7. After finishing the template, you can start soldering the solar cells together. Before you begin that part, for those you may not know, the TOP of most cells is the negative (-) side and the bottom is the positive (+) side.
8. You’ll be hooking these cells up in a series. A series connection is an electrical connection where the positive terminal of one device is attached to the negative terminal of the next in a series string
Hooking your solar cells up in this fashion will increase the voltage output of your solar panel, allowing you to successfully charge a 12 volt car battery if you needed to.
Solar Panel DIY: Tip #1: It’s a good idea when working with solar cells, or building Solar Panels DIY to wear some latex of vinyl gloves to prevent damaging your cells as well as burning yourself during the soldering process.
Solar Panel DIY: Tip # 2: If you bought “Pre-tabbed solar cells” you can skip the next step. I’m including this step for those that didn’t.
9. If your solar cells did not come pre-tabbed you’ll have to solder the tabbing wire on each individual solar cell first before assembling them.
a. Plug in your soldering iron so that it can warm up
b. Place 2 solar cells, one front of the other, on the template. Roll out enough tabbing wire where it is the length of 2 solar cells.
c. Cut the tabbing wire at that length.
d. Once you cut first strip, use it as a guide and cut several more pieces the same length.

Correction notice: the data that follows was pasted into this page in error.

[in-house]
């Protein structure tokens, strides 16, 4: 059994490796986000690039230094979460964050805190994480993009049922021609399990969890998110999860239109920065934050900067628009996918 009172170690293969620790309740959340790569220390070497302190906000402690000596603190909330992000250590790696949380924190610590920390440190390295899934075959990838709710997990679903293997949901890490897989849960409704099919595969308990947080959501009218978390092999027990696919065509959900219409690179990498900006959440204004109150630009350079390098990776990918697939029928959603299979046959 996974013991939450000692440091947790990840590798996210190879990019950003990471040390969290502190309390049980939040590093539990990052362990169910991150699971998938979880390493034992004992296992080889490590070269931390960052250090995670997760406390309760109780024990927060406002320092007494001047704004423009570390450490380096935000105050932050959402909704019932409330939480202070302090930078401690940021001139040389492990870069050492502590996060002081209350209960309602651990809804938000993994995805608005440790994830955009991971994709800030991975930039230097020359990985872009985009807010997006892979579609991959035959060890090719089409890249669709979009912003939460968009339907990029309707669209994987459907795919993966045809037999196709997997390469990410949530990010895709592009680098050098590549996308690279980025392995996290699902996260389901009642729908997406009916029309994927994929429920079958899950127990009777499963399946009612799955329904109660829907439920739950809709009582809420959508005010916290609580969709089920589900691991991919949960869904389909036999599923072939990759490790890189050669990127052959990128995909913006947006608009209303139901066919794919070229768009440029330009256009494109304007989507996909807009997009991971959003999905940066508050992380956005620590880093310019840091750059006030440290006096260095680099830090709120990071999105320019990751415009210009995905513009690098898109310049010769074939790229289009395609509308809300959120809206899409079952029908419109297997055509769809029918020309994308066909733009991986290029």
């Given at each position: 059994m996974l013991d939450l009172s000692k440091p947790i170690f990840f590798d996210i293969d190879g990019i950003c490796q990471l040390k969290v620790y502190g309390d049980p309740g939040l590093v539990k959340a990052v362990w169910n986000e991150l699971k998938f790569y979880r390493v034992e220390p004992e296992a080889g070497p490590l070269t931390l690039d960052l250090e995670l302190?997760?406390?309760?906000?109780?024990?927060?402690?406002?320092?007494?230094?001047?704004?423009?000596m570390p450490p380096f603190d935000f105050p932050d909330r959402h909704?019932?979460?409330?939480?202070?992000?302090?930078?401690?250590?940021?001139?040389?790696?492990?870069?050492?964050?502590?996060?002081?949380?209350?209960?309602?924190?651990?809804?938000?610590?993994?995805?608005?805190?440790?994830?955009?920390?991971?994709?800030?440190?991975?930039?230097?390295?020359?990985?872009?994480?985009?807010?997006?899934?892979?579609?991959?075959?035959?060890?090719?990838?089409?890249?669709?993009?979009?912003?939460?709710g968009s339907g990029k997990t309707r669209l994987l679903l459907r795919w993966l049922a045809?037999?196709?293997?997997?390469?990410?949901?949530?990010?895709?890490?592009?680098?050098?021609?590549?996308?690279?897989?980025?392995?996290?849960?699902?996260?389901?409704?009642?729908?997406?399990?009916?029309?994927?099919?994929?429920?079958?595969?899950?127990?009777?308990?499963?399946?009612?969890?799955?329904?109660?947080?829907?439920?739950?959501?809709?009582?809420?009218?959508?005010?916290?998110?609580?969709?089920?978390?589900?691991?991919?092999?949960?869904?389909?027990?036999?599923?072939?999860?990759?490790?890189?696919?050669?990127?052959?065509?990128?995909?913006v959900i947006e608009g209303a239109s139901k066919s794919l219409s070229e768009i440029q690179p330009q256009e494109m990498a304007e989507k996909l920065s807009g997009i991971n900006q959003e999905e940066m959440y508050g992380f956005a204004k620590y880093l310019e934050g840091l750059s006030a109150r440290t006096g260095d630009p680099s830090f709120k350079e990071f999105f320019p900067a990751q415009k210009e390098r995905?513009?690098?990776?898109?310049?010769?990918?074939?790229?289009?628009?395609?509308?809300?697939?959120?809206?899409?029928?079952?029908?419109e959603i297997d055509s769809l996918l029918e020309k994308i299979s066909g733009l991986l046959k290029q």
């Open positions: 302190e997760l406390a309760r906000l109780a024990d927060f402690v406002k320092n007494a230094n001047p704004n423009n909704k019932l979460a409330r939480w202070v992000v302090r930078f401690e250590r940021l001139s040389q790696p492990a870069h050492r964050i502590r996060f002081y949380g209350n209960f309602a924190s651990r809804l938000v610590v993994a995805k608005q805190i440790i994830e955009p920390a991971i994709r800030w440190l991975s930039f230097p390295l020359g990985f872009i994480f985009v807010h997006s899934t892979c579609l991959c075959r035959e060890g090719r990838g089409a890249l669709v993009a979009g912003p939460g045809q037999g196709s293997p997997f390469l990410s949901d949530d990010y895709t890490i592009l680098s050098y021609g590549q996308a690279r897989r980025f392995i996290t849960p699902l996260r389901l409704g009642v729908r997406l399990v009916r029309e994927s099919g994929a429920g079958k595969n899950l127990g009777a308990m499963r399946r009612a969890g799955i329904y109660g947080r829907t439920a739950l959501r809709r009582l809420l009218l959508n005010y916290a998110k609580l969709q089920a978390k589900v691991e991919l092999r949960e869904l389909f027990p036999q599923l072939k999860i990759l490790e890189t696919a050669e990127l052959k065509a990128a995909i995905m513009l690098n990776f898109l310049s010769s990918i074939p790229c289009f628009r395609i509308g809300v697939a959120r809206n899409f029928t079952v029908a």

e. Now you can begin soldering the tabbing wire on each individual cell.
10. Take 1 solar cell and look at the positive (Bottom) of the cell. The positive side usually has a number of small white squares.
11. Take 2 strips of tabbing wire lay them on each side of the cell. Take your rosen flux pen and add 1 layer of flux to each white square.
12. Take your tabbing wire and lay it across the cells vertically. Each column will receive it’s own strip of tabbing wire
13. Once you have the tabbing wire in place, simply solder the tabbing wire to the white squares.
14. Follow the same steps for the second column. It should now be looking like this
15. Rinse and repeat for all the solar cells. Do all the cells in advance before moving on to the next step.
16. You should now have 36 solar cells with tabbing wire on each.
17. Place 1 solar cell at the starting end of the template and another cell directly in front of it.